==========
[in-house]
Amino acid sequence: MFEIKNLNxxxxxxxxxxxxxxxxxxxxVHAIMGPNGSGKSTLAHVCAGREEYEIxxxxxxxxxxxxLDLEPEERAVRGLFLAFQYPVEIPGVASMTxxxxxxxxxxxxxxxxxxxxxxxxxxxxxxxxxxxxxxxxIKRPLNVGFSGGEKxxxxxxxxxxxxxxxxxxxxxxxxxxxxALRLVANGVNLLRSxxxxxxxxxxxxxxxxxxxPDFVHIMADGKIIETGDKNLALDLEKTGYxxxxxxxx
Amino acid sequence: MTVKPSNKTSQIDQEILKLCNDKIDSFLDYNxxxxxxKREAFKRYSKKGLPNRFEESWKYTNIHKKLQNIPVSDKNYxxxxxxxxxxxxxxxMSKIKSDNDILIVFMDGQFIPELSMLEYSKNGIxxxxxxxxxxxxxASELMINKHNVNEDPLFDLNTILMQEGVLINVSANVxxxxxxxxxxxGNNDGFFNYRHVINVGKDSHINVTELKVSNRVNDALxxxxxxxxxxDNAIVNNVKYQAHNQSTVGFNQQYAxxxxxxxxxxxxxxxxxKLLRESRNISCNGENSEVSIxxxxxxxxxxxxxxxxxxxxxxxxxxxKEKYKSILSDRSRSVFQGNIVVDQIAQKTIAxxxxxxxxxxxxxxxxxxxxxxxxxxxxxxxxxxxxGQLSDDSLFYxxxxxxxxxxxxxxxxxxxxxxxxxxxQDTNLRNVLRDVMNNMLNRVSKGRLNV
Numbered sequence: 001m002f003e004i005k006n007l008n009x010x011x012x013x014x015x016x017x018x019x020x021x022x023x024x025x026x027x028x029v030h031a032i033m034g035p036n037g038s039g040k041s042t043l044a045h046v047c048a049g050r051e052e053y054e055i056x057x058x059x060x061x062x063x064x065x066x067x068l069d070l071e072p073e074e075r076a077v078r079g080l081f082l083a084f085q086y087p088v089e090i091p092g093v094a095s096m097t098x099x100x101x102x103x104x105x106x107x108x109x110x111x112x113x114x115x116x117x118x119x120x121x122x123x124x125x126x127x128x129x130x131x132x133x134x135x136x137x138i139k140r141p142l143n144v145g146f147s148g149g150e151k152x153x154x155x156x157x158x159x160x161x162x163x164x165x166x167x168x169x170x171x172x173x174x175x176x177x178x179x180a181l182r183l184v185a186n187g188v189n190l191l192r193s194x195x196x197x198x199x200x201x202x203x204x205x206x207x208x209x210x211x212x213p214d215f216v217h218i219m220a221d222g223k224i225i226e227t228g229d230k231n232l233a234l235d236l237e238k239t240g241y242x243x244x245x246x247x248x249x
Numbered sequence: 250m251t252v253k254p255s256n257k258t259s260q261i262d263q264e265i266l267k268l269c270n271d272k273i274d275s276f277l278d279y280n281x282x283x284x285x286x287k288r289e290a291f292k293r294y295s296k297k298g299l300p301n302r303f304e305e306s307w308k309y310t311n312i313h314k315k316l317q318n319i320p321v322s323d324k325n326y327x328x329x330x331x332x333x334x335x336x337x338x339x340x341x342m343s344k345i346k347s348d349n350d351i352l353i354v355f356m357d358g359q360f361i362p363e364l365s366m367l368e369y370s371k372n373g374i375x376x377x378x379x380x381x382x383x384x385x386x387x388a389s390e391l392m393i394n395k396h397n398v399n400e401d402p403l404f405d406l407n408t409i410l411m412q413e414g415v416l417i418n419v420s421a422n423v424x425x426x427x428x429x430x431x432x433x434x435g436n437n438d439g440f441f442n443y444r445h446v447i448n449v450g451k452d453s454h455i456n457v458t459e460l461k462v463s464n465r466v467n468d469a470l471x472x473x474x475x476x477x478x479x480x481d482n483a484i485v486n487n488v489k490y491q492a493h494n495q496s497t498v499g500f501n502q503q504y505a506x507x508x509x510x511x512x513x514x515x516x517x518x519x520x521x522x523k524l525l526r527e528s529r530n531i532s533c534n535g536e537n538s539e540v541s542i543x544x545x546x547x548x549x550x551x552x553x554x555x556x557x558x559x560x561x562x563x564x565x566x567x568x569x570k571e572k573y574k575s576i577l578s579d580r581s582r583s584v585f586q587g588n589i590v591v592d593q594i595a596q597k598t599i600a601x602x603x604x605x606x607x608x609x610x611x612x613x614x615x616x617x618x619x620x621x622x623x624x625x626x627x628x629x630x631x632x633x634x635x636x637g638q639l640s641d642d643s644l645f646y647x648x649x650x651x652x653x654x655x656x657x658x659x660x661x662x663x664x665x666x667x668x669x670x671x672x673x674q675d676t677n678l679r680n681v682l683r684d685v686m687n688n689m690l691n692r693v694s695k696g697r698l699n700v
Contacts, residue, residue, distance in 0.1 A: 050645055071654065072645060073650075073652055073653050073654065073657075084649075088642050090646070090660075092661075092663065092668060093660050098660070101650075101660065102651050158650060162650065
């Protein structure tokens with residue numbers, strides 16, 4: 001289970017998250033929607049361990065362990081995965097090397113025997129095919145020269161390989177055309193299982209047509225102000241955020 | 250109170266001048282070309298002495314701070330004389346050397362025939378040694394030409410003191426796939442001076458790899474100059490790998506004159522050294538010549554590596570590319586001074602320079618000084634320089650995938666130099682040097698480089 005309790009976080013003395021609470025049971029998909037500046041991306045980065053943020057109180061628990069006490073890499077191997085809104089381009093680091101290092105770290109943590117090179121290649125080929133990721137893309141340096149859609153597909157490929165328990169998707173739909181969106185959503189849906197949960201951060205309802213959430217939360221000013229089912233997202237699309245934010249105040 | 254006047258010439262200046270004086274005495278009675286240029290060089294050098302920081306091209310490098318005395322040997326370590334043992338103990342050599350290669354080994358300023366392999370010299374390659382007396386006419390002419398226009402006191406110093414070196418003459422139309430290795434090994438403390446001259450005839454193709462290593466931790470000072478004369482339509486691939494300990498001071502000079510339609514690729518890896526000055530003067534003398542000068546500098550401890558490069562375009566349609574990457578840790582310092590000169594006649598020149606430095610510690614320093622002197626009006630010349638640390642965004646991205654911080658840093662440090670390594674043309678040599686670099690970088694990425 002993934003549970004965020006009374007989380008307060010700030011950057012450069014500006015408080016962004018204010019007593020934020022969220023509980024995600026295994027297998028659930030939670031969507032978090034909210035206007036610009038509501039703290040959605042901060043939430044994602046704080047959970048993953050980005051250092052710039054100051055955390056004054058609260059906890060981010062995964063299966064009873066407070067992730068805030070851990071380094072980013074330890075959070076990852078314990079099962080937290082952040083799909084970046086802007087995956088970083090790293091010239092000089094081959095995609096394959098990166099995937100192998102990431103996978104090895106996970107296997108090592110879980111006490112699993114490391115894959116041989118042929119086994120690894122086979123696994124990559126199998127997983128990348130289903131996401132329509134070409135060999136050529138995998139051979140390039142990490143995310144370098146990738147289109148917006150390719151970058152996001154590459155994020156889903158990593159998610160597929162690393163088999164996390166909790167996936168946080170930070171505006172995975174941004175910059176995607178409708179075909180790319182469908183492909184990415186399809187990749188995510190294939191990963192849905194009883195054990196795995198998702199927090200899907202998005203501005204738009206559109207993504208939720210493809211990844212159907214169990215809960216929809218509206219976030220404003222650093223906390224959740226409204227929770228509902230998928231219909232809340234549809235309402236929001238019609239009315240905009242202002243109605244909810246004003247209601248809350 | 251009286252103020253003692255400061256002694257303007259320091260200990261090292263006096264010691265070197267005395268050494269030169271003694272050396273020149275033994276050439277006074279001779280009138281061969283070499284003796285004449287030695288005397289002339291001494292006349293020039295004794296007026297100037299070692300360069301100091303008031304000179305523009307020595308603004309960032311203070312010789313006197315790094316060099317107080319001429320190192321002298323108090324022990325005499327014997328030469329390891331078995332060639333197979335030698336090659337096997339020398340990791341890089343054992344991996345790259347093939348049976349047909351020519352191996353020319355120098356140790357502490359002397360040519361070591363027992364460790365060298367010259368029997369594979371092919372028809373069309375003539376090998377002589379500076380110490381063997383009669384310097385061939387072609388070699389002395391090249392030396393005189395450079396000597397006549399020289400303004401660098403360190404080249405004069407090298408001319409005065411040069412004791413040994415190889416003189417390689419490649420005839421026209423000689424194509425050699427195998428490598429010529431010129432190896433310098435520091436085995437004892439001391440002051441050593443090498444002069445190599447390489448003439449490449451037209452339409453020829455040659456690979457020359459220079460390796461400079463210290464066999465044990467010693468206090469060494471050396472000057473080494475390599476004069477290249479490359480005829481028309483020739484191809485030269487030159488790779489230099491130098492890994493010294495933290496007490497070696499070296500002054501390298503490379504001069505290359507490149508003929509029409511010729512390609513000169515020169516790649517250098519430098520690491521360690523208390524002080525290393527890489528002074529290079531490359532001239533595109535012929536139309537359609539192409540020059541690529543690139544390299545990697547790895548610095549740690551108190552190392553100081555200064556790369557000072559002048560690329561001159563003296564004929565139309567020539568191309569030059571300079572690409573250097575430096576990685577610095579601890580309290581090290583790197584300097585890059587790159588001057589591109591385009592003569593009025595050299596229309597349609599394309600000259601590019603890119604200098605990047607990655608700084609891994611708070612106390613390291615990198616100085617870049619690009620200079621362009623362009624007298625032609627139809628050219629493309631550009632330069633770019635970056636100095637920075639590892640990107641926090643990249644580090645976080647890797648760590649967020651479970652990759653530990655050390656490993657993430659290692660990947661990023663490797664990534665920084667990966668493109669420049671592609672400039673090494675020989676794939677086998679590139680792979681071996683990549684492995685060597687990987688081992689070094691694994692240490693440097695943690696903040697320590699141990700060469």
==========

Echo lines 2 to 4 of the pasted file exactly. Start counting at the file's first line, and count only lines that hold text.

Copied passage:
Amino acid sequence: MFEIKNLNxxxxxxxxxxxxxxxxxxxxVHAIMGPNGSGKSTLAHVCAGREEYEIxxxxxxxxxxxxLDLEPEERAVRGLFLAFQYPVEIPGVASMTxxxxxxxxxxxxxxxxxxxxxxxxxxxxxxxxxxxxxxxxIKRPLNVGFSGGEKxxxxxxxxxxxxxxxxxxxxxxxxxxxxALRLVANGVNLLRSxxxxxxxxxxxxxxxxxxxPDFVHIMADGKIIETGDKNLALDLEKTGYxxxxxxxx
Amino acid sequence: MTVKPSNKTSQIDQEILKLCNDKIDSFLDYNxxxxxxKREAFKRYSKKGLPNRFEESWKYTNIHKKLQNIPVSDKNYxxxxxxxxxxxxxxxMSKIKSDNDILIVFMDGQFIPELSMLEYSKNGIxxxxxxxxxxxxxASELMINKHNVNEDPLFDLNTILMQEGVLINVSANVxxxxxxxxxxxGNNDGFFNYRHVINVGKDSHINVTELKVSNRVNDALxxxxxxxxxxDNAIVNNVKYQAHNQSTVGFNQQYAxxxxxxxxxxxxxxxxxKLLRESRNISCNGENSEVSIxxxxxxxxxxxxxxxxxxxxxxxxxxxKEKYKSILSDRSRSVFQGNIVVDQIAQKTIAxxxxxxxxxxxxxxxxxxxxxxxxxxxxxxxxxxxxGQLSDDSLFYxxxxxxxxxxxxxxxxxxxxxxxxxxxQDTNLRNVLRDVMNNMLNRVSKGRLNV
Numbered sequence: 001m002f003e004i005k006n007l008n009x010x011x012x013x014x015x016x017x018x019x020x021x022x023x024x025x026x027x028x029v030h031a032i033m034g035p036n037g038s039g040k041s042t043l044a045h046v047c048a049g050r051e052e053y054e055i056x057x058x059x060x061x062x063x064x065x066x067x068l069d070l071e072p073e074e075r076a077v078r079g080l081f082l083a084f085q086y087p088v089e090i091p092g093v094a095s096m097t098x099x100x101x102x103x104x105x106x107x108x109x110x111x112x113x114x115x116x117x118x119x120x121x122x123x124x125x126x127x128x129x130x131x132x133x134x135x136x137x138i139k140r141p142l143n144v145g146f147s148g149g150e151k152x153x154x155x156x157x158x159x160x161x162x163x164x165x166x167x168x169x170x171x172x173x174x175x176x177x178x179x180a181l182r183l184v185a186n187g188v189n190l191l192r193s194x195x196x197x198x199x200x201x202x203x204x205x206x207x208x209x210x211x212x213p214d215f216v217h218i219m220a221d222g223k224i225i226e227t228g229d230k231n232l233a234l235d236l237e238k239t240g241y242x243x244x245x246x247x248x249x